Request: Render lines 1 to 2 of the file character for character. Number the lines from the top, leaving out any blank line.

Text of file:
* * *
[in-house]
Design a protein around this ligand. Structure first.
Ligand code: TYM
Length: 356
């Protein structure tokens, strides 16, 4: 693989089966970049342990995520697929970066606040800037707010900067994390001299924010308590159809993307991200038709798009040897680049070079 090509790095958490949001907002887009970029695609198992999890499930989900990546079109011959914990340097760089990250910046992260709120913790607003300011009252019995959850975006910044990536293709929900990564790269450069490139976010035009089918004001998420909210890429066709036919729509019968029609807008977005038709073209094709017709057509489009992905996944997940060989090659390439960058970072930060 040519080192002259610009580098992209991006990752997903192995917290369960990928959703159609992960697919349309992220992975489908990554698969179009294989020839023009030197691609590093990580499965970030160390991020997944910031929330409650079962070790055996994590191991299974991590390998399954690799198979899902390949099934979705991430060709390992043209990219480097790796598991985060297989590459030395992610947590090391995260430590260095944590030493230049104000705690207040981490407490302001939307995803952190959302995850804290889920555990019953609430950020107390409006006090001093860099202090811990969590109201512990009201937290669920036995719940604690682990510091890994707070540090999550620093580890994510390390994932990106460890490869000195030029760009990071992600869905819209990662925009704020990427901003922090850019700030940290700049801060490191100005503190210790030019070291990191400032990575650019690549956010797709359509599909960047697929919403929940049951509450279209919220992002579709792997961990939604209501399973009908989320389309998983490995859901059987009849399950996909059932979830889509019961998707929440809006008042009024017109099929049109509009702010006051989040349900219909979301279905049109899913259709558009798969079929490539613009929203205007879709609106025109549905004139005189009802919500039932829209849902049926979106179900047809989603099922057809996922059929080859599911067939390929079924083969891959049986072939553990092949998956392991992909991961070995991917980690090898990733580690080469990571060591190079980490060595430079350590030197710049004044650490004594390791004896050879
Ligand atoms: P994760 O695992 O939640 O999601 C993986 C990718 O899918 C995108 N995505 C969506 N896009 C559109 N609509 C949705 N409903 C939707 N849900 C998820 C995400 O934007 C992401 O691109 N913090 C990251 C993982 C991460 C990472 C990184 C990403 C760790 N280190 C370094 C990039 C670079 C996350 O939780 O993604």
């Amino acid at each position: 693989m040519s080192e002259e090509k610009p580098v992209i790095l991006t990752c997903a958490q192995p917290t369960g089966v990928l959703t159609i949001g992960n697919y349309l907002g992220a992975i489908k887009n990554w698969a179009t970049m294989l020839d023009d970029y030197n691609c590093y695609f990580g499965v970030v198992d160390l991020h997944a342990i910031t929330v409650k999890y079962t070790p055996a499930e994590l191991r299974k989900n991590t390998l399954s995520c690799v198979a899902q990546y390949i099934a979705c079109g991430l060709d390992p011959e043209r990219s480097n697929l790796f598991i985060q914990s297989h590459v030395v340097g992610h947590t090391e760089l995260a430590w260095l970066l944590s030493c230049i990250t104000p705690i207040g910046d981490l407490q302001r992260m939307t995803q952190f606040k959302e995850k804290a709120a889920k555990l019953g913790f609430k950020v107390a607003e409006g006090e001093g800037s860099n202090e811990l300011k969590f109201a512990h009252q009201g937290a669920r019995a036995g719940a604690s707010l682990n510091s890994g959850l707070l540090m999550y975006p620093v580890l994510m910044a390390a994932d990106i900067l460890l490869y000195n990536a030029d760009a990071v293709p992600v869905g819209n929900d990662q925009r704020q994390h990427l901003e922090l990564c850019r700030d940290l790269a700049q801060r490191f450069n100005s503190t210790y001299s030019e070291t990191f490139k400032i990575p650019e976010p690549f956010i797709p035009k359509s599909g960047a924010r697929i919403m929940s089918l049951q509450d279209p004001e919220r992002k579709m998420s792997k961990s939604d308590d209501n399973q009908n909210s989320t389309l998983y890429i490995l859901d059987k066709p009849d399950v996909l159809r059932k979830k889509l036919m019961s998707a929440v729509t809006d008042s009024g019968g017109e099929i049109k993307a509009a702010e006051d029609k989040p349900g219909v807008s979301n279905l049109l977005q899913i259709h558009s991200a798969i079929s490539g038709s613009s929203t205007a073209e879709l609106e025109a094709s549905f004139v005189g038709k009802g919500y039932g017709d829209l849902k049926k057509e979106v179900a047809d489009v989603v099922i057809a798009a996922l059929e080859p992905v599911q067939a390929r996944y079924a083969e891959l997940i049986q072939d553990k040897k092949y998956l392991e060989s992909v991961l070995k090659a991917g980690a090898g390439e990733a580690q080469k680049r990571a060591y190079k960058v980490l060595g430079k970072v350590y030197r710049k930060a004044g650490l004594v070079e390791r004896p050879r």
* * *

[in-house]
Design a protein around this ligand. Structure first.